State senator says Derry should become a city
State Sen. James Rausch said it is time for the town of Derry to reconsider how it is governed.
"I'm convinced that the only way for us to get budgets under control is to change our form of government to a city form of government and bring the budgeting process under one roof," said Rausch at Tuesday night's Town Council meeting. "It pains me to say this, because I think this is a great forum, but we have a disconnect between the town dealing with only a $30 million budget, but each (town councilor) will receive more phone calls than the school board, and they are now in control of $82 million of what we are responsible for. That's the type of disconnect we can no longer accommodate in this community."
Rausch said the process of changing to a city government will not be easy, and he also pointed to many of the steps he has taken as a citizen and a legislator to support education in Derry over the years.
"As a senator, I wrote the educational funding formula that saved this community $6.4 million," said Rausch, adding that he helped obtain $7.8 million in state funding for the new career and technical education buildings under construction at Pinkerton Academy.
"I firmly believe that the success of the state of New Hampshire is based on a well-educated work force," he said. "Education is critical, but what is lost is that we delicately balance the needs and wants of the community, and we have to be mindful of the affordability of our actions."
Rausch noted that the amount of the school budget raised through property taxes was initially slated to increase by just over $6 million for 2013-14. With the successful vote to increase the budget by $800,000, he said that number now goes to almost $7 million.
That increase represents a tax rate hike of nearly $3 per $1,000 of assessed property value, Rausch said.
"If the estimates are true, we will have a $33.45 tax rate, which I'm almost positive would be the highest in the state," he said.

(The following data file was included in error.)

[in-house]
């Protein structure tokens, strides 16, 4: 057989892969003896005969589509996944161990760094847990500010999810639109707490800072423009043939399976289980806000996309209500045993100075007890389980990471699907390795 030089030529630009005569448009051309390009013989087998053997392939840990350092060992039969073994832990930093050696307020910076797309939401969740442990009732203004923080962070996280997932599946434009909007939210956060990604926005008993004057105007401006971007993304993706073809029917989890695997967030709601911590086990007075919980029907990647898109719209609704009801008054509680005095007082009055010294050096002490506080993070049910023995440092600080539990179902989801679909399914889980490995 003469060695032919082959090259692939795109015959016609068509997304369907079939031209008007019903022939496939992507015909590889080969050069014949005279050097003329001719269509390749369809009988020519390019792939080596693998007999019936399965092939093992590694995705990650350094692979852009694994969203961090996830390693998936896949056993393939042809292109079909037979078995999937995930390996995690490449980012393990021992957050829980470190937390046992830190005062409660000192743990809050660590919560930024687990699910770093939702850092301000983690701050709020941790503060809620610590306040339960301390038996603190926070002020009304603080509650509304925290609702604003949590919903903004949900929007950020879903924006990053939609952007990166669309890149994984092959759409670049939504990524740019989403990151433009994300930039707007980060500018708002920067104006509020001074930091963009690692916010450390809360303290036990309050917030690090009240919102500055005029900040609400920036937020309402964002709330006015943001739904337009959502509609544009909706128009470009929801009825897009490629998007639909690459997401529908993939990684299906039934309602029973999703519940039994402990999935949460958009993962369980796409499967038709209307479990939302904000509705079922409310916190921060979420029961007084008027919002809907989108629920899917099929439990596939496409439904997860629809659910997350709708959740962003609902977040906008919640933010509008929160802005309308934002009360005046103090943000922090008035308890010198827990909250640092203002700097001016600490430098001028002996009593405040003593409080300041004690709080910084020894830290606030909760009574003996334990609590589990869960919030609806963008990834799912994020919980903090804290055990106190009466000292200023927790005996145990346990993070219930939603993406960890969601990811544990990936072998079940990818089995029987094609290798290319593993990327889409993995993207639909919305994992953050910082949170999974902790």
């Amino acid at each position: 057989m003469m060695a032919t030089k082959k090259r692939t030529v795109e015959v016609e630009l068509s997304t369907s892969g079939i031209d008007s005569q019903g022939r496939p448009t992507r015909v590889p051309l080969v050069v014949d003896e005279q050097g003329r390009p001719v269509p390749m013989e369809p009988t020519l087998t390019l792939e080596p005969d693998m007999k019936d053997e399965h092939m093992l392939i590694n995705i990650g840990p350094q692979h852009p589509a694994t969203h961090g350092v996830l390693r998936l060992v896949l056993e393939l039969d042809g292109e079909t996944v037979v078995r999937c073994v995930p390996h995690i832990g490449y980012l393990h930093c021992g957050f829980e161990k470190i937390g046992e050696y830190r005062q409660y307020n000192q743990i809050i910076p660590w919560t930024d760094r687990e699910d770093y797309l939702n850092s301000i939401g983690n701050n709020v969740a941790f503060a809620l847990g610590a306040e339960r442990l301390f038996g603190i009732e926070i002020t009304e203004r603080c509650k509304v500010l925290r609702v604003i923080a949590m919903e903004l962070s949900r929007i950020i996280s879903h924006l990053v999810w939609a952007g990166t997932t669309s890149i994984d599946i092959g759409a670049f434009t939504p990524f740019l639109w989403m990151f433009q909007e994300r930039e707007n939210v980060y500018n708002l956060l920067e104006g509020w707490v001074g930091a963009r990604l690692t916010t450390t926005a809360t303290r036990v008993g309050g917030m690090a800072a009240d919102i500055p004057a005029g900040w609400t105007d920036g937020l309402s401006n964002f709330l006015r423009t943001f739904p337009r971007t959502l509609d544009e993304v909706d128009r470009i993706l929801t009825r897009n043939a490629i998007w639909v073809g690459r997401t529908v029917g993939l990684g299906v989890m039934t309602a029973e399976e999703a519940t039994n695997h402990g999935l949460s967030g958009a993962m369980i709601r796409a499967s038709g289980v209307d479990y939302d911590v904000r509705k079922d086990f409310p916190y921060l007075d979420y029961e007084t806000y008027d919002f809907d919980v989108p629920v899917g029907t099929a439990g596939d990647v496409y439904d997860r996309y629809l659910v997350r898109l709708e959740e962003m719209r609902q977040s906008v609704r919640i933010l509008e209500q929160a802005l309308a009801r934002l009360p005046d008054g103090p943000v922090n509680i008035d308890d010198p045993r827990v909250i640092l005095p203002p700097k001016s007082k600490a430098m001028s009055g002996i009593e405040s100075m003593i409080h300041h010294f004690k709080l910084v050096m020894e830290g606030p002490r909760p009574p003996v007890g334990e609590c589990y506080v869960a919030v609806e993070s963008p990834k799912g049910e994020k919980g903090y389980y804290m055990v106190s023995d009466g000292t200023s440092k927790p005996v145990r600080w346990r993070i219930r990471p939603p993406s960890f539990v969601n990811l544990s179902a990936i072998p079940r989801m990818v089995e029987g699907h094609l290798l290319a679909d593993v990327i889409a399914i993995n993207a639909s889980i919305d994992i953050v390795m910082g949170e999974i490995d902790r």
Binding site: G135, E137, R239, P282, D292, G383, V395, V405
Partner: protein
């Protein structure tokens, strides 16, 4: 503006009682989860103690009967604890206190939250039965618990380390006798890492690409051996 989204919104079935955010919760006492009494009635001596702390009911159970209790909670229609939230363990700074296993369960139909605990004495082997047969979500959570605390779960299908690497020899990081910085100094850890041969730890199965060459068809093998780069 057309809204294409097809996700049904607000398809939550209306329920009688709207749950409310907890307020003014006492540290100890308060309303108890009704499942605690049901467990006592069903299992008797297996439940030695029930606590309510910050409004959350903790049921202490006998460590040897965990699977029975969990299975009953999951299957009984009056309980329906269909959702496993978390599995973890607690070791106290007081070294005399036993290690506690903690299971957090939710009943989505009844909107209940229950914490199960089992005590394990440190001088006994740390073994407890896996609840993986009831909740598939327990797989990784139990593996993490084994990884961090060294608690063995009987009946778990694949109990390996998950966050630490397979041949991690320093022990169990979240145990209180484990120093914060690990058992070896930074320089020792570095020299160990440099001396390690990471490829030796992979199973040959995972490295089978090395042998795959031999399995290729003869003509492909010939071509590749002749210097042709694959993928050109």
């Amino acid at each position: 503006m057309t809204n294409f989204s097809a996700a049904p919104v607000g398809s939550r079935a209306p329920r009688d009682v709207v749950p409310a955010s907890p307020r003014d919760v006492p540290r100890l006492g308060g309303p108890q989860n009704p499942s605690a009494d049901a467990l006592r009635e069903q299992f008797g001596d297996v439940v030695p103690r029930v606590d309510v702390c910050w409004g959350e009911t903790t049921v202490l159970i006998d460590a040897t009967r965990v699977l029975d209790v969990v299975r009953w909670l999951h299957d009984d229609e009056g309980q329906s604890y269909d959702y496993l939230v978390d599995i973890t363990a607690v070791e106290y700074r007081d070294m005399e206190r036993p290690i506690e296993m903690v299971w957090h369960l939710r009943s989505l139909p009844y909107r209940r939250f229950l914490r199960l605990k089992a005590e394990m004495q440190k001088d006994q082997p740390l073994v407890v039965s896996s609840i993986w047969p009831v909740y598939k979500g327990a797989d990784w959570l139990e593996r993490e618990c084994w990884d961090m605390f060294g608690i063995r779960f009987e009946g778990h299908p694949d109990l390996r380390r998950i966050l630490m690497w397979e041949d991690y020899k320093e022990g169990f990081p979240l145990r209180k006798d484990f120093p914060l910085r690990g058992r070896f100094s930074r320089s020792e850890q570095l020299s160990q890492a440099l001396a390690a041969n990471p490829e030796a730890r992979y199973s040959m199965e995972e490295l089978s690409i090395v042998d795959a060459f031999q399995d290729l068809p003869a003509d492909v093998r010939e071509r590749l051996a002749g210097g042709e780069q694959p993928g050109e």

Rausch said he is alarmed by the process that allows less than 50 people to raise the tax rate and which provides a default budget that is higher than the budget presented by the schools.
"There are not a lot of options for our voters," he said. "It's a testament that the process has failed from what was originally intended. I'm sorry to even suggest we may have to change our form of government, but my suggestion is to try to get one budget process to try to control our tax rate."
Chester Road resident Roberta Robie said she is also upset by the increase in the tax rate and the school budget, but said Derry changing from a town to a city is not the answer.
"Senator Rausch has worked very hard for this community and I understand his notion of Derry becoming a city, but it's not going to work. It's not going to work," she said. "I'm 80 years old and this has been going on for as long as I can remember. (The school board) doesn't care about the taxpayers."
If the town became a city, Robie said the school supporters would still have influence.
"It would not lower what the schools do, because the school zealots would be sitting up there where you are," Robie told the town council. "Becoming a city is a placebo, it isn't going to work."
Al Dimmock, who is running for a town council seat in March, said it should be up to the voters if Derry becomes a city.
Town Councilor Joel Olbricht suggested that people who have issues with the school budget and the tax rate attend school board meetings.
Town Councilor Neil Wetherbee did not say he supports a change from town to city government, but said he was disappointed with what happened at the deliberative session on Saturday.
"It was a total disregard of the taxpayers carried out by 49 people," he said. "All the work done by the elected school board was thrown out in an hour's time by a vote of 49-34. Something has to change. I'm not sure what and I'm not sure how, but 49 people raising the taxes on 35,000 people with zero accountability is unacceptable in my opinion."